Identity Theft

Tips to Prevent Identity Theft

Protect yourself against identity theft or fraud

  • Avoid emailing personal and financial information; before submitting financial information through a website, look for the "lock" icon on the browser's status bar; this icon signals that your information is secure during transmission
  • Review credit card and bank account statements as soon as you receive them to determine whether there are any unauthorized charges; if your statement is late by more than 3-4 days, call your credit card company or bank to confirm your billing address and account balances
  • Report suspicious activity to the Federal Trade Commission (FTC): forward suspicious email(s) or spam to: spam@uce.gov
  • If you believe you have been scammed, file your complaint at: http://www.ftc.gov/ – then visit the FTC's Identity Theft website or call the FTC at 877-438-4338 to learn how to minimize your risk of damage from identity theft
  • Never provide account information to unsolicited telephone calls; if someone should ask for personal account information, pleasantly thank the caller and contact the company using a telephone number or email address you know to be genuine
    • FirstMerit will not ask for personal identification numbers (PINs) over the phone
  • Use strong passwords: passwords should have a combination of letters, numbers, and special characters
  • Change your passwords routinely, as a compromised password is an open invitation to fraud, identity theft, or both
  • Don't open links in emails; hackers frequently try to get information from individuals by sending emails asking for verification of account information; these deceptive emails may say that your bank account has been closed due to fraudulent activity or that it needs to be verified; if you ever receive an email of this nature, do not open the attached files, and do not provide any personal information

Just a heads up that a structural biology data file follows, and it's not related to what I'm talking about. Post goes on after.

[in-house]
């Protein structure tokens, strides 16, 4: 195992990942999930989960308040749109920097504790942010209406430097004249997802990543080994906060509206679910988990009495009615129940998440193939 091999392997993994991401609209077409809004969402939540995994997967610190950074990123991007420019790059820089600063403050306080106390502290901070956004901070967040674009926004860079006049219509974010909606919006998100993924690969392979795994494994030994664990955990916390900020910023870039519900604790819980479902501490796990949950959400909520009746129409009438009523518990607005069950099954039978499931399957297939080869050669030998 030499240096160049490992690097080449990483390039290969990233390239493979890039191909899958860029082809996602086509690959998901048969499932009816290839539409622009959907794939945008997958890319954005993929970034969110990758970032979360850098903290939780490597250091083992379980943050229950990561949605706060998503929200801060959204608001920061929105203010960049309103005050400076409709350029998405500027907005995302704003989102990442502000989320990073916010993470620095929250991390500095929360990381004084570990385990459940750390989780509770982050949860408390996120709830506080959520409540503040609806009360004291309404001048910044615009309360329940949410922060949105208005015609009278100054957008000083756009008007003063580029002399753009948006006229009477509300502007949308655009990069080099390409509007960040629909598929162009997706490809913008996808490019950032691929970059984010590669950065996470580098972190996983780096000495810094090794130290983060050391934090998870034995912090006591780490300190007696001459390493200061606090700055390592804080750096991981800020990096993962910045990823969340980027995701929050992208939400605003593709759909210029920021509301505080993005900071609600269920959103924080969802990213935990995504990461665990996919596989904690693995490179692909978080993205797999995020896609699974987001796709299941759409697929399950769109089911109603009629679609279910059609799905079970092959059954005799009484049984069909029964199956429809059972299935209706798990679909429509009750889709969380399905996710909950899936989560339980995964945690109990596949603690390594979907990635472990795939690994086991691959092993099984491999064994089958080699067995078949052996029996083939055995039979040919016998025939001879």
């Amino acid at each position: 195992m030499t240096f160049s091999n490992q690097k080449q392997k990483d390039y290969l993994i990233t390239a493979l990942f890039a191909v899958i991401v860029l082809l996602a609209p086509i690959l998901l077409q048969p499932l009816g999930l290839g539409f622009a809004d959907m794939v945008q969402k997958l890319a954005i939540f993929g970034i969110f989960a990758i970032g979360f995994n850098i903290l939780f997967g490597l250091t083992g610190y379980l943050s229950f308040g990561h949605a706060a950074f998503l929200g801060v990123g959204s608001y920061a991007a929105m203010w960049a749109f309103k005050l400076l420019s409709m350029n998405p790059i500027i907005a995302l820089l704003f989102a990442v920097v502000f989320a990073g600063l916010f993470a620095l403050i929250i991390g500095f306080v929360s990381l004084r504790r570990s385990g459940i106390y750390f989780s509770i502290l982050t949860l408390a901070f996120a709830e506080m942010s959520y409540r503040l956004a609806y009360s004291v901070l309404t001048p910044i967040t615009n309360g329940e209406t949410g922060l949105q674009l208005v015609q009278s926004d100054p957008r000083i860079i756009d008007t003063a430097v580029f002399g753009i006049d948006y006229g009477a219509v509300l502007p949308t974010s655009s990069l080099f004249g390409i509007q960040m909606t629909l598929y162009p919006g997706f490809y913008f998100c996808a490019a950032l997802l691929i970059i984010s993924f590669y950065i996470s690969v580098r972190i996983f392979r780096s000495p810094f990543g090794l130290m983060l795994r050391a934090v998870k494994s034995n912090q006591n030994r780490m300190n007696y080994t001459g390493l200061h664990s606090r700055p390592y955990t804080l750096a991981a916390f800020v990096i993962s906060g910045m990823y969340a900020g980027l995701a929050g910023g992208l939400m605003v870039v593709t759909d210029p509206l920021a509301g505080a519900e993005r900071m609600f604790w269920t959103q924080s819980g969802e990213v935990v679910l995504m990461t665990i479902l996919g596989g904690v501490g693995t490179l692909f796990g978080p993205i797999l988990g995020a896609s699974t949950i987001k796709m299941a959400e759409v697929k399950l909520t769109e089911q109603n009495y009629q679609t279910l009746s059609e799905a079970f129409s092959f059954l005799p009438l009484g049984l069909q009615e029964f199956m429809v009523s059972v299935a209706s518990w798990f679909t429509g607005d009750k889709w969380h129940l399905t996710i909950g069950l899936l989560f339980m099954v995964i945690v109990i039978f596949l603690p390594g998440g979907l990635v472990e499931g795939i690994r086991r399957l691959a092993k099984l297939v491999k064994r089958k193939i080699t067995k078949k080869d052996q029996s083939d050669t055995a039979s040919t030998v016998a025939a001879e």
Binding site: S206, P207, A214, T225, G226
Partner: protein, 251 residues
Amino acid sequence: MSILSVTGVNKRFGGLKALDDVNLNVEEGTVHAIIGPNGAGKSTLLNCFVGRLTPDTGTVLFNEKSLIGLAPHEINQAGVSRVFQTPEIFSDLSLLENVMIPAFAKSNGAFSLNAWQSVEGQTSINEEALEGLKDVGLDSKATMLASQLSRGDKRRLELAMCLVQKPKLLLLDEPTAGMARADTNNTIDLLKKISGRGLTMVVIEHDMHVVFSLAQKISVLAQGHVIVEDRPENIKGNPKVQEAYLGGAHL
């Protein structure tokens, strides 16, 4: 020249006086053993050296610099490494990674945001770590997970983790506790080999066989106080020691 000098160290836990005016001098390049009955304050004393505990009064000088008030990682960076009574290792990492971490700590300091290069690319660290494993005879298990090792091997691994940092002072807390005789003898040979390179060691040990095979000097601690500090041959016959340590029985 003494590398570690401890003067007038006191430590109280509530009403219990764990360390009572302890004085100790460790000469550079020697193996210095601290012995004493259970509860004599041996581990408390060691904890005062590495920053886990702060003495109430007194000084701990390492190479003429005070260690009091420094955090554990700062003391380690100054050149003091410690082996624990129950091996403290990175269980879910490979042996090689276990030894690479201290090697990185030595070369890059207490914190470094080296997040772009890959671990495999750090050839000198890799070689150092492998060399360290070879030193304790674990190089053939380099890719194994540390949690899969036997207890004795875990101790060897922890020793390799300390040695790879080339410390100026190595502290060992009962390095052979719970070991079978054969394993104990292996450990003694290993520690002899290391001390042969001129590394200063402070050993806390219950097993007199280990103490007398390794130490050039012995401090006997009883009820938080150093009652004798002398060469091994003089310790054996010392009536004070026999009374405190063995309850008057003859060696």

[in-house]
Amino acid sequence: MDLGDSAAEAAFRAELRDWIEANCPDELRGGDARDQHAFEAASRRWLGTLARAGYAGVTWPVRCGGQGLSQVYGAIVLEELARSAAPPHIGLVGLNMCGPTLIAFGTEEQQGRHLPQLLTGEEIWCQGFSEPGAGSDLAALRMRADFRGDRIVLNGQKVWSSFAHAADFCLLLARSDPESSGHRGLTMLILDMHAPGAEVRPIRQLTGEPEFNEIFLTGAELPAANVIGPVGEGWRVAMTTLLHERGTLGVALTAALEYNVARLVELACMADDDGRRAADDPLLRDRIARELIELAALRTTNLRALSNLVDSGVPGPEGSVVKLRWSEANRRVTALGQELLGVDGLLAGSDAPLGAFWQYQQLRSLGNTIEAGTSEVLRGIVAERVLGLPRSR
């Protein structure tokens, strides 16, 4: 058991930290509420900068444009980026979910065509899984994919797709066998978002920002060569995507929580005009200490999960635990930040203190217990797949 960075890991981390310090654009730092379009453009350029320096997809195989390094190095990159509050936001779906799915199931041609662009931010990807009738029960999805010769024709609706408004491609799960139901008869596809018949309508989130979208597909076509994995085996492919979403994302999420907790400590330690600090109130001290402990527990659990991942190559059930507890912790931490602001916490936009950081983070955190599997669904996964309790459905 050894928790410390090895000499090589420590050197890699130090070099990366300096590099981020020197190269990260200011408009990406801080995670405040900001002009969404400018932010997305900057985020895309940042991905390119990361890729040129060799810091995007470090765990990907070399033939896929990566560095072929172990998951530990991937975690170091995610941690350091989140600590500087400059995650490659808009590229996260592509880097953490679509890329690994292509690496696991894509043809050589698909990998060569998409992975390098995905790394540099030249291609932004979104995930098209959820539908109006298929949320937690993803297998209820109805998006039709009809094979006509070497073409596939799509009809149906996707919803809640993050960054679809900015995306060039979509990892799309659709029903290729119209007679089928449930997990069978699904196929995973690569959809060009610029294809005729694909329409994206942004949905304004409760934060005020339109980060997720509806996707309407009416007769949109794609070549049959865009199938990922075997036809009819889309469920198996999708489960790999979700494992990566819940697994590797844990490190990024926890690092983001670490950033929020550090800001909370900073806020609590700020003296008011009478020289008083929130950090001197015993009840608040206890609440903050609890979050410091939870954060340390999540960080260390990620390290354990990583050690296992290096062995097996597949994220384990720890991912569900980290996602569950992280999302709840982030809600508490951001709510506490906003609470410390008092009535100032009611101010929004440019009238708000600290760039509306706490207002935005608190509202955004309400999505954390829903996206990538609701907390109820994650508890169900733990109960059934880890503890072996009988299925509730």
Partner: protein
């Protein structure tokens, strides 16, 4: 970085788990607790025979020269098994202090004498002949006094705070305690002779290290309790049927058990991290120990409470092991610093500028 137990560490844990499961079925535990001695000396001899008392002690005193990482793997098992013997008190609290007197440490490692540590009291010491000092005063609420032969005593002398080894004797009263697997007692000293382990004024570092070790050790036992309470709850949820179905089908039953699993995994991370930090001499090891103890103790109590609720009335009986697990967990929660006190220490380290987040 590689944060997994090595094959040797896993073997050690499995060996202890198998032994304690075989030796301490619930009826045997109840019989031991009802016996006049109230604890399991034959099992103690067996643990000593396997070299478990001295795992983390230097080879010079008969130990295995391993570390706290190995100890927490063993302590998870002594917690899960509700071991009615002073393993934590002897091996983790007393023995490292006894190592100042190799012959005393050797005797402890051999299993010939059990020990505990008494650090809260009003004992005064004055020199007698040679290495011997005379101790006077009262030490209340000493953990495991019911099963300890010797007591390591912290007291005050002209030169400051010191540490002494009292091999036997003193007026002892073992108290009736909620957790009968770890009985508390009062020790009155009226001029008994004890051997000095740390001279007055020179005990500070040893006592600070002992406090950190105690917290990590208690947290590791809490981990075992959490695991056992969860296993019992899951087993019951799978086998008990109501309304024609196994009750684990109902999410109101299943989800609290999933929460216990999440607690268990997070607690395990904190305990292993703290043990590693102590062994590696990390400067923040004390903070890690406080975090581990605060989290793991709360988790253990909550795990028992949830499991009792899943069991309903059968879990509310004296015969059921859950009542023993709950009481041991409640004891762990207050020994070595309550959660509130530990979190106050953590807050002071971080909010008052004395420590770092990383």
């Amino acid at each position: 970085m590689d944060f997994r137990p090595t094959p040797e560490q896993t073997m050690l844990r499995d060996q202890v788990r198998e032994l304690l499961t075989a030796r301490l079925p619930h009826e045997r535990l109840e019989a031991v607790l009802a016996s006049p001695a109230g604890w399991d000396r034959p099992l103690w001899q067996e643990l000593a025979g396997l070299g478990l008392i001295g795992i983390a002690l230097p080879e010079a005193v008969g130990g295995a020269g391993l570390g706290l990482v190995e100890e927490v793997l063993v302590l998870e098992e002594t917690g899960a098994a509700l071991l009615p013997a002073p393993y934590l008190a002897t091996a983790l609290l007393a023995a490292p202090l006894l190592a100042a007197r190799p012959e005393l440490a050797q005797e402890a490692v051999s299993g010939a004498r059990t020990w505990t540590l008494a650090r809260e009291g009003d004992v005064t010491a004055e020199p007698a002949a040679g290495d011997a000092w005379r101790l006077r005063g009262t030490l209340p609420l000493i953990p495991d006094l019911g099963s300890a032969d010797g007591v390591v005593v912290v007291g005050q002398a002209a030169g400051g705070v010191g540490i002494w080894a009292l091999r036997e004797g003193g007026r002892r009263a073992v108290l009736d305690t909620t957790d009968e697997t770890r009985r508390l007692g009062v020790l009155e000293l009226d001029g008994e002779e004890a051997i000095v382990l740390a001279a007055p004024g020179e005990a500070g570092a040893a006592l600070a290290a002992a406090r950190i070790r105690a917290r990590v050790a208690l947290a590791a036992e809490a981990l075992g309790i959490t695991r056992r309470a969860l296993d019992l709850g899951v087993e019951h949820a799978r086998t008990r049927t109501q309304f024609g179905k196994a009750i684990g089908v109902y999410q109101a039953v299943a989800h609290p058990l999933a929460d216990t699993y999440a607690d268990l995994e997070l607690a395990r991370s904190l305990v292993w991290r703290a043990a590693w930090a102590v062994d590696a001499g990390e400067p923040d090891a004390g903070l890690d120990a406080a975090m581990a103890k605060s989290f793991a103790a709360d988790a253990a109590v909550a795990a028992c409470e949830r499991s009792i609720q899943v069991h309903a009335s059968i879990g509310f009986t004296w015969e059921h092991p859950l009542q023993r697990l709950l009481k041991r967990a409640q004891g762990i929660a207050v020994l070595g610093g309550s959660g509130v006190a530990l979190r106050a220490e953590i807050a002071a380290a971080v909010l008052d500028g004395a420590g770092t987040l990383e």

• FirstMerit will never solicit your personal or account information through email
  • Avoid account and password reuse: For example, fraudulent individuals will use compromised Yahoo accounts against the top fifty banks in America hoping that the account and password is reused to access a financial e-commerce application
  • Examine browser security settings; make sure the security settings in your browser (Internet Explorer (IE), for example) are set to provide an appropriate level of protection; use the Help feature of your Internet browser program to familiarize yourself with the security features available for your particular browser – follow the below steps to check your browser's level of protection:
  1.  
    1. Click on Tools on the menu bar
    2. Then click on Internet Options on the pull-down menu
    3. Click on Security

Voice Phishing

There has been an increase in identity theft fraud being conducted over the telephone, by voicemail, and through text messaging. This technique, known as vishing or "voice Phishshing" uses voice response telephone systems to deceive consumers into revealing personal data.

How It Works:

  • An automated system or live user on the phone may report an urgent problem with one of your accounts that requires you to validate your personal information, such as account numbers, credit card details, PINs, Social Security Numbers, etc.
  • Additionally, people may receive a text message, voice mail, or email "alert" urging them to respond to a security concern by dialing a given number (which is not the actual financial institution's number) and verifying their account details

What You Should Do:

  • If you receive an urgent phone call or message referencing an account you hold and are asked to provide or confirm any personal information, do not answer the questions
  • End the call immediately and contact your bank directly using a telephone number from a statement, the back of a debit/credit card, or from a telephone book